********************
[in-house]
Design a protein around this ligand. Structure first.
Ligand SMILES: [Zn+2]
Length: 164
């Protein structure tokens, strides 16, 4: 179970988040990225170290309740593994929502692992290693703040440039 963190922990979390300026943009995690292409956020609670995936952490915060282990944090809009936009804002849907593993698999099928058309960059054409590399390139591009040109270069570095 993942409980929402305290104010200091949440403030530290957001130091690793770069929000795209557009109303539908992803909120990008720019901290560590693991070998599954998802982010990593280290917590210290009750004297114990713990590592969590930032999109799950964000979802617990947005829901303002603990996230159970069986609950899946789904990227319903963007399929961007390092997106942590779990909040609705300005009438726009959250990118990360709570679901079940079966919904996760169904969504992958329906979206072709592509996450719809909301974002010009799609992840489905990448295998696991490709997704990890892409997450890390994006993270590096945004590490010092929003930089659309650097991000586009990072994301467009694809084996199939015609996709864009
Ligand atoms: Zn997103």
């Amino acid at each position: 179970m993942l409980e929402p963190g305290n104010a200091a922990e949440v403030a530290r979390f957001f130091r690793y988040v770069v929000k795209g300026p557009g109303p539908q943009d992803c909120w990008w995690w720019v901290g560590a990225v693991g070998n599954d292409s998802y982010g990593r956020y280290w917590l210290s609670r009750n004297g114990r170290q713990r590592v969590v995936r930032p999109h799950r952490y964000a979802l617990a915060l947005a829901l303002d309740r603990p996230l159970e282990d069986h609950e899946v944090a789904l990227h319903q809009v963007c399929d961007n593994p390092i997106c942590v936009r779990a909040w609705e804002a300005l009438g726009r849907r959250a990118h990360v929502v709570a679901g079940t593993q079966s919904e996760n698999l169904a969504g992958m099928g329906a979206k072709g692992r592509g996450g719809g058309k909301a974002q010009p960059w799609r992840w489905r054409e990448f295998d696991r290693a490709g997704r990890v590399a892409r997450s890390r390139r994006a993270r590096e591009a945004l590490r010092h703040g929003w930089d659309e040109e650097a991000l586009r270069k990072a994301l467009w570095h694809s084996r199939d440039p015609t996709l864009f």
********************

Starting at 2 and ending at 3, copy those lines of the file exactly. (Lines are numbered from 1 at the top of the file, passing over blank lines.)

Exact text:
Design a protein around this ligand. Structure first.
Ligand SMILES: [Zn+2]